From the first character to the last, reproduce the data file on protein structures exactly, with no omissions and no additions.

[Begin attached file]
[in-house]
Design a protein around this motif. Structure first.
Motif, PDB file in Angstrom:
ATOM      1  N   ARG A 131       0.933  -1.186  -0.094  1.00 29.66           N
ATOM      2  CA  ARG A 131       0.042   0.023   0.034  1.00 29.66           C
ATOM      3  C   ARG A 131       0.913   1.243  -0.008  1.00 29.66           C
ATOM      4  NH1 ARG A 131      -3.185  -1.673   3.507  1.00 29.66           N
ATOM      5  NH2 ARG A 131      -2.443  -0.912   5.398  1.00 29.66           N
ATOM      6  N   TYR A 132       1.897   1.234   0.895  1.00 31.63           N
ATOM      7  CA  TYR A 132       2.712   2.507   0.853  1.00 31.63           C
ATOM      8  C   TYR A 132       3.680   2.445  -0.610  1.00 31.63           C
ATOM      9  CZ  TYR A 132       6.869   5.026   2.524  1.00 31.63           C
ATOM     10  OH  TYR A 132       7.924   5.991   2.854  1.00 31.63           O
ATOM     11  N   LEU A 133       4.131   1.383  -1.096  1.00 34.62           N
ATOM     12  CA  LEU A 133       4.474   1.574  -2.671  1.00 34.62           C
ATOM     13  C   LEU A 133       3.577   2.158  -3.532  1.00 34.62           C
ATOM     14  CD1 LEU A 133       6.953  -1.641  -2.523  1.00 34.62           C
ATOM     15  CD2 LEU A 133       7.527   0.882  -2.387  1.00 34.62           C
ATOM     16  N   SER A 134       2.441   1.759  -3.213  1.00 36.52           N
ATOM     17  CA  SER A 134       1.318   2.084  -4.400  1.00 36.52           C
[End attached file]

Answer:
[in-house]
Design a protein around this motif. Structure first.
Motif, PDB file in Angstrom:
ATOM      1  N   ARG A 131       0.933  -1.186  -0.094  1.00 29.66           N
ATOM      2  CA  ARG A 131       0.042   0.023   0.034  1.00 29.66           C
ATOM      3  C   ARG A 131       0.913   1.243  -0.008  1.00 29.66           C
ATOM      4  NH1 ARG A 131      -3.185  -1.673   3.507  1.00 29.66           N
ATOM      5  NH2 ARG A 131      -2.443  -0.912   5.398  1.00 29.66           N
ATOM      6  N   TYR A 132       1.897   1.234   0.895  1.00 31.63           N
ATOM      7  CA  TYR A 132       2.712   2.507   0.853  1.00 31.63           C
ATOM      8  C   TYR A 132       3.680   2.445  -0.610  1.00 31.63           C
ATOM      9  CZ  TYR A 132       6.869   5.026   2.524  1.00 31.63           C
ATOM     10  OH  TYR A 132       7.924   5.991   2.854  1.00 31.63           O
ATOM     11  N   LEU A 133       4.131   1.383  -1.096  1.00 34.62           N
ATOM     12  CA  LEU A 133       4.474   1.574  -2.671  1.00 34.62           C
ATOM     13  C   LEU A 133       3.577   2.158  -3.532  1.00 34.62           C
ATOM     14  CD1 LEU A 133       6.953  -1.641  -2.523  1.00 34.62           C
ATOM     15  CD2 LEU A 133       7.527   0.882  -2.387  1.00 34.62           C
ATOM     16  N   SER A 134       2.441   1.759  -3.213  1.00 36.52           N
ATOM     17  CA  SER A 134       1.318   2.084  -4.400  1.00 36.52           C